When a ship loses its rudder, it is sometimes necessary to keep its left and right engines running alternately: the ship moves in zigzags, a great amount of energy is expended, but the ship keeps moving. Such at the present time is the steering device of the capitalist states of Europe. The bourgeoisie is compelled to alternate fascist and Social-Democratic methods. Fascism was and remains strongest in those countries where the proletariat came closest to power, but was unable to take it or hold it: Italy, Germany, Hungary, etc. On the contrary, conciliationist tendencies begin to gain preponderance to the extent that the bourgeoisie begins to sense less directly the threat of the proletarian overturn. While the bourgeoisie feels itself strong enough not to require the direct activities of the fascist gangs, it does not on the other hand feel strong enough to get along without a Menshevik cover.

In the era of the Fourth Congress of the Comintern, which passed entirely under the aegis of capitalist offensive and fascist reaction, we wrote that if the German revolution did not grow directly out of the situation existing at the time and did not thereby give a new direction to the entire political development of Europe, then one could with complete assurance expect the replacement of the fascist chapter by a conciliationist chapter, in particular, the coming of a labor government to power in England, and that of the Left Bloc in France. At the time this forecast seemed to some to be the sowing of ... conciliationist illusions. There are people who succeed in being revolutionists only by keeping their eyes shut.

Let us, however, cite the verbatim quotations. In an article, Political Perspectives, published in Izvestia, November 30, 1922, I polemicized against the simplified, non-Marxist, mechanistic view of political development which allegedly must fatally lead through the automatic strengthening of fascism and Communism to the victory of the proletariat. In this article it is stated:

As far back as June 16 [1921] in my speech at a session of the enlarged ECCI [2*] developed the idea that if revolutionary events in Europe and France did not erupt first, then the entire parliamentary-political life of France would inevitably begin crystallizing around the axis of the “Left Bloc” in contrast to the currently dominant “National” Bloc. In the one and a half years that have elapsed the revolution has not taken place. And whoever has been following the life of France will hardly deny that – with the exception of Communists and revolutionary syndicalists – her policy is actually proceeding along the path of preparing the replacement of the National Bloc by the Left Bloc. True, France remains wholly under the aegis of capitalist offensive, of interminable threats addressed to Germany, and so on. But parallel with this there is a growing confusion among bourgeois classes, especially among the intermediate layers, who live in dread of tomorrow, who are disillusioned with the policy of “reparations,” who are striving to mitigate the financial crisis by cutting down the expenditures for imperialism, who have hopes of restoring relations with Russia, etc., etc. These moods also seize a considerable section of the working class through the medium of reformist Socialists and syndicalists. Thus the continued offensive of French capitalism and French reaction in no way contradicts the fact that the French bourgeoisie is clearly preparing a new orientation for itself.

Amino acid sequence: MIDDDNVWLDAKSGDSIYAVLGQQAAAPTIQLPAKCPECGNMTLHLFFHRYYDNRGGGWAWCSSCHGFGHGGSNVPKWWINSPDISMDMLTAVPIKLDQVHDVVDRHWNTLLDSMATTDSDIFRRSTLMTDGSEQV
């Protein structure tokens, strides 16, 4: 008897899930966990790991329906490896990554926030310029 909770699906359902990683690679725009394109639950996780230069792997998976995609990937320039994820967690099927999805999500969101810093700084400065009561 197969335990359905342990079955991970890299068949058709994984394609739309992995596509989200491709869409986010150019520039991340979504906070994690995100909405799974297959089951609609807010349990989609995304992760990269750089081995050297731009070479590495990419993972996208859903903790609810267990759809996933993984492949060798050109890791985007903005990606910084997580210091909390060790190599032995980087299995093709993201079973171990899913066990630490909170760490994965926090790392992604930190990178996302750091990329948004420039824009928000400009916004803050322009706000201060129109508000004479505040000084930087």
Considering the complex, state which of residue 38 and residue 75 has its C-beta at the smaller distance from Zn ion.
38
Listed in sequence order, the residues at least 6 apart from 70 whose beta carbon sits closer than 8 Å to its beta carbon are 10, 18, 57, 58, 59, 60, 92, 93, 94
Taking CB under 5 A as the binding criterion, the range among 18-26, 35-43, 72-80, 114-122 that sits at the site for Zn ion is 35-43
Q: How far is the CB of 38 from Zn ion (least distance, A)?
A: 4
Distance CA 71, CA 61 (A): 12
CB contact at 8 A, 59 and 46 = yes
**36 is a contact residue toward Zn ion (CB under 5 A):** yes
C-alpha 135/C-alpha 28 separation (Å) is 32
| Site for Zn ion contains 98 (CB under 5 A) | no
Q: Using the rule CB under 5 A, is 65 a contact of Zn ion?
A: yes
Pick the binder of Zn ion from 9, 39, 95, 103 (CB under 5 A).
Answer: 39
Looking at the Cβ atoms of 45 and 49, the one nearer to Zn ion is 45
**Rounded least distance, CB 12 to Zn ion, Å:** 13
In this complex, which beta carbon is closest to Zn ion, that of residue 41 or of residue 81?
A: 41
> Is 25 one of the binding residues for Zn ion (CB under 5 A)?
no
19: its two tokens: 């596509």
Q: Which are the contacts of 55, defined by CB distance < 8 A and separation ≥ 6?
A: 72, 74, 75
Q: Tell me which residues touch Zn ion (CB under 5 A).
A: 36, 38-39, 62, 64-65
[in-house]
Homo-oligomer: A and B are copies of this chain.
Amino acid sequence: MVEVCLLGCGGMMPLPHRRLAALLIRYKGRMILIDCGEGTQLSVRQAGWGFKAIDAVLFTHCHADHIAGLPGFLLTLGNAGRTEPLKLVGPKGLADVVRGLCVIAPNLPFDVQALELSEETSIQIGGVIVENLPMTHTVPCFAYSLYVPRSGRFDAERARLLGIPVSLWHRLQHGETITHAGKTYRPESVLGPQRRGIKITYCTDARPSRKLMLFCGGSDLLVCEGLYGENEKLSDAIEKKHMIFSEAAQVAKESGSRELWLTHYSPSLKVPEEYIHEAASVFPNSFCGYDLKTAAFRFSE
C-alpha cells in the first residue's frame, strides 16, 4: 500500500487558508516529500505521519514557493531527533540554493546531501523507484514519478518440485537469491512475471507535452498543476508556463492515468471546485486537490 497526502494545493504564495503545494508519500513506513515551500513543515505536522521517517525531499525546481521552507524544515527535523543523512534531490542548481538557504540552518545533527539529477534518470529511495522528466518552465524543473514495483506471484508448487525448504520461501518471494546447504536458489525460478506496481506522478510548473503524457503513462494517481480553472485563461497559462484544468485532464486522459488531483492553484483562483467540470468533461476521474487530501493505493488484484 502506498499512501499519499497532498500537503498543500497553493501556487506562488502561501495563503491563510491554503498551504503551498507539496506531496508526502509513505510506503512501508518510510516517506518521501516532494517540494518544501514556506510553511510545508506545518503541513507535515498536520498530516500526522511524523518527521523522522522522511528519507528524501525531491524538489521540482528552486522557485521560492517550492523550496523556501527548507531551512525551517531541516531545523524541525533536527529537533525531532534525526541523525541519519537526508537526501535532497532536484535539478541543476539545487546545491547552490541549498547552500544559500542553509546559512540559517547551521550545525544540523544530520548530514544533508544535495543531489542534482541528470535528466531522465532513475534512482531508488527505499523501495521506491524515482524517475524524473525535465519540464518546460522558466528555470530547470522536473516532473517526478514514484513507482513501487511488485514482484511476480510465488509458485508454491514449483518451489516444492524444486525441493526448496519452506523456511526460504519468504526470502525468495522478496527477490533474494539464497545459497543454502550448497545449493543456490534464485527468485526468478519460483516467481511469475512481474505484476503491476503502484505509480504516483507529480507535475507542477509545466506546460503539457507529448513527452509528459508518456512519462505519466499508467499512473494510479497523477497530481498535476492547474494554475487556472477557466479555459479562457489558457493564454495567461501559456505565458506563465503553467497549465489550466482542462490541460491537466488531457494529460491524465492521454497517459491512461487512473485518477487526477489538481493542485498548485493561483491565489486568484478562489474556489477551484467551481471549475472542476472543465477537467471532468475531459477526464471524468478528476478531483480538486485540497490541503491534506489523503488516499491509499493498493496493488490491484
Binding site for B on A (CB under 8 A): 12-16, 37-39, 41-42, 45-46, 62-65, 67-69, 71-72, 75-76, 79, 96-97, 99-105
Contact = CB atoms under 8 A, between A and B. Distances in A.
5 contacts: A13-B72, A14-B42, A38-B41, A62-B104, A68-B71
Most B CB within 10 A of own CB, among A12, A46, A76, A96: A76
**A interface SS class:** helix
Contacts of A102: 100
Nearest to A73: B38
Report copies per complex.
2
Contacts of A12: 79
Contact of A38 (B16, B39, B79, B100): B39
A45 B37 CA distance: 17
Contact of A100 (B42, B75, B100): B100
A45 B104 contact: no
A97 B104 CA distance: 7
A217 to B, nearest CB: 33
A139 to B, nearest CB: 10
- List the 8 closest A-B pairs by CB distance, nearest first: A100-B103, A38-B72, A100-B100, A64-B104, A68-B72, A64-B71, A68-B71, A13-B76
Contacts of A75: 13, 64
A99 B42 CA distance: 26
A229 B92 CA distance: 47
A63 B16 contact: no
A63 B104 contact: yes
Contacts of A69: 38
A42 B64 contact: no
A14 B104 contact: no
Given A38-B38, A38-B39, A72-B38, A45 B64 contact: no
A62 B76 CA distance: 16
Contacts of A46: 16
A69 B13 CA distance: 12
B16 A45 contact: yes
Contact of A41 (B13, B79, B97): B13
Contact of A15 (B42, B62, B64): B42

And further in the same article we wrote:

In England the situation is no less instructive. As a result of recent elections, the domination of the liberal-conservative coalition has been replaced by purely conservative rule. An obvious step to the “right”! But, on the other hand, precisely the results of the last elections testify to the fact that bourgeois-conciliationist England has already fully prepared a new orientation for herself in the event of a further aggravation of contradictions and growing difficulties (and both are inevitable) ... Are there serious grounds for thinking that the present conservative regime will lead directly to the dictatorship of the proletariat in England? We do not see any such grounds. On the contrary, we assume that the insolvable economic, colonial and international contradictions of the British Empire today will provide considerable nourishment for the plebeian-middle class opposition in the guise of the so-called Labor Party. According to every indication, in England, more than any other country on our globe, the working class before arriving at the dictatorship will have to pass through the stage of a “labor” government in the person of the reformist-pacifist Labor Party, which at the last elections already received some four and a quarter million votes.

“But doesn’t this imply that you hold the standpoint that there is a mitigation of political contradictions? But, after all, this is outright opportunism!” objected those comrades who are able to protect themselves against opportunist temptations only by turning their backs on them. As if to foresee a new temporary rise of conciliationist illusions is tantamount to sharing them to any degree whatever! It is, of course, much simpler not to foresee anything, restricting oneself to a repetition of sacrosanct formulas. But there is no need whatever to continue the dispute nowadays. Events have supplied the verification of this prognosis: we have MacDonald’s government in England, the Stauning ministry in Denmark, the victory of the Left Bloc in France and the oppositional parties in Japan, while on the political horizon of the United States there looms the symbolic figure of LaFollette, a quite hopeless figure to be sure.